The answer is clearly “Yes and no,” but detailed discussions of translation are always interesting, and here‘s one by Xujun Eberlein (you can read an interview with her here). Now, I have to say she lost me in terms of trusting her ear for poetry with this:
I’ve heard some other Chinese poets praising Ezra Pound’s errors in translating ancient Chinese poetry, saying that even the errors were interesting to read. A close look at Pound’s errors, however, demonstrated otherwise for me. Take “The River-Merchant’s Wife: A Letter” as an example. The original poem by Li Bai (701-762) makes allusion to the “holding-pillar faith” allegory, which comes from a book by ancient Chinese philosopher Zhuangzi. The allegory goes like this: A man is waiting for his date under a bridge. Before the woman arrives, however, the river water unexpectedly rises. To be faithful to his date, the man doesn’t leave; he holds onto a pillar of the bridge until he drowns. The moral of this allegory is that one can place love above his own life. Pound, who did not know the Chinese language at the time, based his “translation” on Ernest Fenollosa’s meticulous unpublished notes. Fenollosa had written a draft translation of the lines that allude to the allegory, “I always had in me the faith of holding to pillars / And why should I think of climbing the husband looking out terrace.” This is quite accurate literally, but it is unclear whether Fenollosa was aware of the allusion. In any case, he did not explain it. At this point, Pound, who had faithfully followed Fenollosa’s notes so far but apparently couldn’t make sense of this part, chose to dodge it completely. He simply translated the corresponding line as “forever and forever and forever.” The meaning of “forever” was indeed implied by Li Bai in the poem, but the great Tang Dynasty poet whose pen was said to “startle the wind and rain” would never have written it so tritely. Translation like that, certainly a big departure from the original style, is uninspiring.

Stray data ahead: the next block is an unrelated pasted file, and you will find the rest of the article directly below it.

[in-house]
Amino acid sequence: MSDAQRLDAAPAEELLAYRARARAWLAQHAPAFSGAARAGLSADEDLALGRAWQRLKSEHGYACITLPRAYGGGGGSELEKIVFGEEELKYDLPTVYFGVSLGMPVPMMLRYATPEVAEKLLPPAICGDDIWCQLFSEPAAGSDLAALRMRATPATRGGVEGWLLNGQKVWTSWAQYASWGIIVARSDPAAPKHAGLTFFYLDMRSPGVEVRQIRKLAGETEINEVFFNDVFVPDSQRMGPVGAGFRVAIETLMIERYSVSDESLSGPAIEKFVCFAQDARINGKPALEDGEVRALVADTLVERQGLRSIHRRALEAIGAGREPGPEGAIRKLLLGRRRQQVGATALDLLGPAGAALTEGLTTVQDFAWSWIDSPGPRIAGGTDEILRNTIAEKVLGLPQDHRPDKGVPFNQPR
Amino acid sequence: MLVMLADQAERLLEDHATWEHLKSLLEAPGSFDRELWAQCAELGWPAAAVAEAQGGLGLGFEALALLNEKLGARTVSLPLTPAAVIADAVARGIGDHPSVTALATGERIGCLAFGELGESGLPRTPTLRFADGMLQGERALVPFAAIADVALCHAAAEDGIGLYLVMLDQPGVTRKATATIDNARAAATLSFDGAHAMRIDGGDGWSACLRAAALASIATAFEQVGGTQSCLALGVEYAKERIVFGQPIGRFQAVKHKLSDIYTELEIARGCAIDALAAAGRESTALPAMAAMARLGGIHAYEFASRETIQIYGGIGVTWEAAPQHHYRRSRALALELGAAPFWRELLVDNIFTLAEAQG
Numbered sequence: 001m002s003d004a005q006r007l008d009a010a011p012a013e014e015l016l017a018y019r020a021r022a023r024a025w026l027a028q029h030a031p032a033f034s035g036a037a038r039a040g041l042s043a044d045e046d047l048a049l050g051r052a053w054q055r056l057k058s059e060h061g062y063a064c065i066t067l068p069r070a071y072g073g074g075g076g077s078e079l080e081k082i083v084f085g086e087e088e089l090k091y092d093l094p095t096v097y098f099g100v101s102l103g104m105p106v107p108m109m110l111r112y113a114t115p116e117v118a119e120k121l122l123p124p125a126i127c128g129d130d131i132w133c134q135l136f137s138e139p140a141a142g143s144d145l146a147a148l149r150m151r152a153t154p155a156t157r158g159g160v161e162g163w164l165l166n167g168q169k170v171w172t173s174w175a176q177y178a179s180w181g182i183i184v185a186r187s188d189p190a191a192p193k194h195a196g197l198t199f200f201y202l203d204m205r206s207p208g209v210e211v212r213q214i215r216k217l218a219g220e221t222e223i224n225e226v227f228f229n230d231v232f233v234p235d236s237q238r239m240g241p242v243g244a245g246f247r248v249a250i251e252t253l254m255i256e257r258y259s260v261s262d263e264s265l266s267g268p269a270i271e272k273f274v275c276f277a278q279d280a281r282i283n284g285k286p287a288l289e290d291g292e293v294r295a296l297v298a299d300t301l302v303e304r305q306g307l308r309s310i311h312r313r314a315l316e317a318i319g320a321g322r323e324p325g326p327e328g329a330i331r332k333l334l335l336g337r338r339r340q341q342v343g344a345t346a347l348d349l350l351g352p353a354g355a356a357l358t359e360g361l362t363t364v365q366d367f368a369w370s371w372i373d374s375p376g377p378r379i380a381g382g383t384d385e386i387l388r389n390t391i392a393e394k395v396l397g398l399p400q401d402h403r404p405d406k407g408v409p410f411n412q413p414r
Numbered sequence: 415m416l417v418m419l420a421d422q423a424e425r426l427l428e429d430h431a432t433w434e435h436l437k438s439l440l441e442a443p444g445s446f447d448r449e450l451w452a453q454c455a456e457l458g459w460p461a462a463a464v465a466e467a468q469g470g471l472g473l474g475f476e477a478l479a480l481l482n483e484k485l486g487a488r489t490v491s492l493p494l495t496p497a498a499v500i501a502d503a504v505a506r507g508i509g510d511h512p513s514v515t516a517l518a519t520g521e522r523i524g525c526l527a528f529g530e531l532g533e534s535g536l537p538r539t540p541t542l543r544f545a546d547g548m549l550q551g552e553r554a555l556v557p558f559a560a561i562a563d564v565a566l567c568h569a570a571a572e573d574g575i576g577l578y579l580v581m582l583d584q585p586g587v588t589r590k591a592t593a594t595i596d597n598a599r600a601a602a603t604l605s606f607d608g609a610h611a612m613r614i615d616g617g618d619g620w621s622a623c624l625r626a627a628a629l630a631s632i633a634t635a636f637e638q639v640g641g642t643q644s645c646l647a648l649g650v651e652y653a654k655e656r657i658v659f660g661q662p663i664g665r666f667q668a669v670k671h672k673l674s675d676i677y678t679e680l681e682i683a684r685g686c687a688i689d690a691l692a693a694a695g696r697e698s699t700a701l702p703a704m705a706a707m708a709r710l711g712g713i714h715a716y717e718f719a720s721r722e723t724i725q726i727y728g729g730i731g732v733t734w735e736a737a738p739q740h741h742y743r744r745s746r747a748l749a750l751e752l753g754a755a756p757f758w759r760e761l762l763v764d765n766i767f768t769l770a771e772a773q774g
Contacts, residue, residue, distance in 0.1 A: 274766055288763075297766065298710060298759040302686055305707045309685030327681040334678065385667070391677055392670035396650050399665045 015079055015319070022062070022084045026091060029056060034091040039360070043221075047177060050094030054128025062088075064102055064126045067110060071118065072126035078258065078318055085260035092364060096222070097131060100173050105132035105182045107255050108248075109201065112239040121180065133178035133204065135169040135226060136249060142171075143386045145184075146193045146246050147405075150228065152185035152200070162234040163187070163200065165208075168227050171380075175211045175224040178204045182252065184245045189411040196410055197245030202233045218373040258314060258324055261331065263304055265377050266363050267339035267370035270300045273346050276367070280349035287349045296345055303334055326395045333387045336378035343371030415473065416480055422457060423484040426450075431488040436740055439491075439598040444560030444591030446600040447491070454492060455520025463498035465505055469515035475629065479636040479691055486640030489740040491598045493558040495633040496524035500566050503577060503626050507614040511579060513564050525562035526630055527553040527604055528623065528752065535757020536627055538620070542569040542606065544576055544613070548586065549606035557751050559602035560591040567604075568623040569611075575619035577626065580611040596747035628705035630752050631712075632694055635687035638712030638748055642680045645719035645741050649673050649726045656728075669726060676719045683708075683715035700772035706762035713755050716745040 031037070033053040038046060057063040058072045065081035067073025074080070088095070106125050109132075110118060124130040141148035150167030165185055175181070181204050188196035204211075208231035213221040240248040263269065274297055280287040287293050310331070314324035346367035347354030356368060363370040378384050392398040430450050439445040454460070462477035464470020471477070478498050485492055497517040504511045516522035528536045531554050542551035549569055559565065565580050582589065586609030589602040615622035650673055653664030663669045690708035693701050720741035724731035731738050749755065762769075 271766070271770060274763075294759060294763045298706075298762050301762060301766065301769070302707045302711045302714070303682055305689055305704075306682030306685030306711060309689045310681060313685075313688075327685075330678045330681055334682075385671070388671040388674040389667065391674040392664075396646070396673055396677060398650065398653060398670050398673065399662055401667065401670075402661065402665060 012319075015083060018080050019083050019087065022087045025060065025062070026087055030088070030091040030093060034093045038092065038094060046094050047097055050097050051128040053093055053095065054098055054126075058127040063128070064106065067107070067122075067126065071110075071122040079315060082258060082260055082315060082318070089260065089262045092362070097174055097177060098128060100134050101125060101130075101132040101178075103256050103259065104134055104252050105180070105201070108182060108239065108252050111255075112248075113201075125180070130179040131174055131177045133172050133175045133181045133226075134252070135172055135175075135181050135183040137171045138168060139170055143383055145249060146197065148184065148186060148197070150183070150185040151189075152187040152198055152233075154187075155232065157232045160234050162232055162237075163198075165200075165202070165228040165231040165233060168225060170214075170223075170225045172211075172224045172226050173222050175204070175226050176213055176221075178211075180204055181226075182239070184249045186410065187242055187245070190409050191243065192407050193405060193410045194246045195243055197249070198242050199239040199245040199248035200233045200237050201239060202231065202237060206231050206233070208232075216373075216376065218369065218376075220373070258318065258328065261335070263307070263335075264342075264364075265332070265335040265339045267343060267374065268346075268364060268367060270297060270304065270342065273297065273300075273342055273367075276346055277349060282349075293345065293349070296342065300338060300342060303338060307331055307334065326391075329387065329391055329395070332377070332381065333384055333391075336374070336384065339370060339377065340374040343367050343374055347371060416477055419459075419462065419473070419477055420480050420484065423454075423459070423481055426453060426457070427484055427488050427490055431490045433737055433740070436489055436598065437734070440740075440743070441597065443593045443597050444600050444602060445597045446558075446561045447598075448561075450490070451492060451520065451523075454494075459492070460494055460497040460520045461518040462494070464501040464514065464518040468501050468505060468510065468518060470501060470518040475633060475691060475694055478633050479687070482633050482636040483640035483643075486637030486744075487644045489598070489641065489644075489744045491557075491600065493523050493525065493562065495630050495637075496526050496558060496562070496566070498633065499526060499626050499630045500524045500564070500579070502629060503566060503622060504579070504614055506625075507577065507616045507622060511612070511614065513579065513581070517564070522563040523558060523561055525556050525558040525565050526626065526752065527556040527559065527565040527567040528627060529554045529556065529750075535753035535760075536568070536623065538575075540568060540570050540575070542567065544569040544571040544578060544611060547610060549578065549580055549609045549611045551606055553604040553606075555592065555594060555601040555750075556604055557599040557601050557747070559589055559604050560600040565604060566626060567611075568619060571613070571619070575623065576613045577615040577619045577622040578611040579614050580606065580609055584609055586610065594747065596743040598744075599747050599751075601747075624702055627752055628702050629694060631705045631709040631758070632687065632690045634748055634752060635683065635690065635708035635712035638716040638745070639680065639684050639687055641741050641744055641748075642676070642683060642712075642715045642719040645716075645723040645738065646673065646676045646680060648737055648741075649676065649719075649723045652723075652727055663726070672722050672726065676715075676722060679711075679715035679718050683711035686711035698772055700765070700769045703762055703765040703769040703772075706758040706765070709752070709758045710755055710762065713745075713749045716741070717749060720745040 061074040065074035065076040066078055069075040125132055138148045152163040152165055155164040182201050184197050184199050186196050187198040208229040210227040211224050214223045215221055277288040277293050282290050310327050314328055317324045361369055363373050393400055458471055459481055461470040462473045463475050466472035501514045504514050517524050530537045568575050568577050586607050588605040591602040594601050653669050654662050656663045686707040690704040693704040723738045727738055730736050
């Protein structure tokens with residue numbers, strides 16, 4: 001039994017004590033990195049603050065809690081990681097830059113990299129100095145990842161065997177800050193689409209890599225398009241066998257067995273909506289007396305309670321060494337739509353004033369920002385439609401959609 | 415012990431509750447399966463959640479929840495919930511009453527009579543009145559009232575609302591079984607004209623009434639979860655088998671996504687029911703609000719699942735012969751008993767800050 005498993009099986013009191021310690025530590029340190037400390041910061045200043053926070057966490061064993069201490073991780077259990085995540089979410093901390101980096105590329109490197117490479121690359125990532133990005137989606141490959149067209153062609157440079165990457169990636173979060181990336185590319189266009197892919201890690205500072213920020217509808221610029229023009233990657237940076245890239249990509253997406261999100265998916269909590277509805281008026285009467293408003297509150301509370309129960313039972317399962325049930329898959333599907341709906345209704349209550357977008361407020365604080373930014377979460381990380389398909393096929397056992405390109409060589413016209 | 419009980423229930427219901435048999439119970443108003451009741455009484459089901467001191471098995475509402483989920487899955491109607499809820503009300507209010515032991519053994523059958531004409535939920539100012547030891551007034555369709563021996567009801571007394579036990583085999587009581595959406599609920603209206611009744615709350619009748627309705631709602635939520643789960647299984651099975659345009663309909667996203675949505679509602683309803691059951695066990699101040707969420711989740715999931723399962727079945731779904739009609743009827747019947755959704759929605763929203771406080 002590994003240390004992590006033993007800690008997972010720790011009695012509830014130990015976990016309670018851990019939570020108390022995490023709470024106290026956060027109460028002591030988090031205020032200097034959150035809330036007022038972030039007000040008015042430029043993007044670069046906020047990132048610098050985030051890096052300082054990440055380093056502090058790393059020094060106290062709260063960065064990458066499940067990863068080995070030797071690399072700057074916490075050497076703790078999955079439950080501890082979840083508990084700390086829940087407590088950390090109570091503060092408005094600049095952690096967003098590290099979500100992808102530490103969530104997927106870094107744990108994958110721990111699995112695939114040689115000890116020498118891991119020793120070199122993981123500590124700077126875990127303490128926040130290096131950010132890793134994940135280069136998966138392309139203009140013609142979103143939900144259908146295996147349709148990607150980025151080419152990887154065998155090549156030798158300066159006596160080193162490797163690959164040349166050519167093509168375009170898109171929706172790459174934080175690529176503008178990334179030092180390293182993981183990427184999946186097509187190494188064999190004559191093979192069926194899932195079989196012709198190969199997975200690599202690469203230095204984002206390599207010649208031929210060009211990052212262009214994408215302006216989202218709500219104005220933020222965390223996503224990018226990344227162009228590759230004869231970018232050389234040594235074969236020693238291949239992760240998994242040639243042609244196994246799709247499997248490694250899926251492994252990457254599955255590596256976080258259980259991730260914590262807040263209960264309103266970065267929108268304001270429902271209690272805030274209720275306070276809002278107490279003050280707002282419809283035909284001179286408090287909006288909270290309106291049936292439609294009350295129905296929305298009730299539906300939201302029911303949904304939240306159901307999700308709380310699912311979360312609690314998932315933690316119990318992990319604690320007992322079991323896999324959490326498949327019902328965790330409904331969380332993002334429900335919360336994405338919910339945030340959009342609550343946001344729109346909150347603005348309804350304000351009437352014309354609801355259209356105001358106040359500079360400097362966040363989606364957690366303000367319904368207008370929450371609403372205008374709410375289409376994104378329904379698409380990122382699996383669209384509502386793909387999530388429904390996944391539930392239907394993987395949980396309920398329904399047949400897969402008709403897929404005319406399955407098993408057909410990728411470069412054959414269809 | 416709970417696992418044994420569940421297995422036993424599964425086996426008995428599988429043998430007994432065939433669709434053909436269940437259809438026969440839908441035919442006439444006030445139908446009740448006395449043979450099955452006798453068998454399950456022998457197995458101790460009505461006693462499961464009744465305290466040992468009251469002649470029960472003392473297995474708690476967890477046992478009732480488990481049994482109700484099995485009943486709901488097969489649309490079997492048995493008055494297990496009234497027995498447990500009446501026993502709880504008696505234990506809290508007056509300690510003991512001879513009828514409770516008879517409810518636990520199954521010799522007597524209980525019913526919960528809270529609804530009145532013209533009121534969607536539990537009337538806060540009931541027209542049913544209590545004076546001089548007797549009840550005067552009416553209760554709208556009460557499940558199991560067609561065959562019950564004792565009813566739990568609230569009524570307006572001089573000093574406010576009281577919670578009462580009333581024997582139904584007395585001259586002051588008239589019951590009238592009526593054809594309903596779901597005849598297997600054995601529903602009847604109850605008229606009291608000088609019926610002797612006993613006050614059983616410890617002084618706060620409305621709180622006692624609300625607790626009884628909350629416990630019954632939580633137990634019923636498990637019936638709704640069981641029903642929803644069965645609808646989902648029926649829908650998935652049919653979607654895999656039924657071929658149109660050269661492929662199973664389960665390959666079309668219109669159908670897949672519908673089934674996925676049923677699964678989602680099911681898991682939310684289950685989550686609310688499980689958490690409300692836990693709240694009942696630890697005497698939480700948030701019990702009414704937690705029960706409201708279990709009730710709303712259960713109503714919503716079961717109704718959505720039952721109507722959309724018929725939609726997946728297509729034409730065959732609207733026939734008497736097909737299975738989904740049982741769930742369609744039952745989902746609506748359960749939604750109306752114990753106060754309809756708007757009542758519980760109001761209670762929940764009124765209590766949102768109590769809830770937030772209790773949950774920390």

“The River-Merchant’s Wife: A Letter” is one of the glories of English poetry, for reasons which have nothing to do with Fenollosa or the details of the Chinese original, and anyone who can call “forever and forever and forever” trite and uninspiring has no business discussing it. (Perhaps Eberlein thinks the same about Lear’s “Never, never, never, never, never”? [Thanks for correcting the quote, Michael!]) But she goes on to discuss two translations of a poem by the contemporary Chinese poet Han Dong in satisfying detail, so by all means check it out if you like that sort of thing.
Also involving Chinese: China’s tyranny of characters, by R.K.G. at The Economist; it takes off from Pokémon’s announcement that “the names of the creatures would henceforth be written in characters that adhere to Mandarin pronunciation, not Cantonese,” and discusses the much-discussed issue of Chinese characters. Thanks, Paul!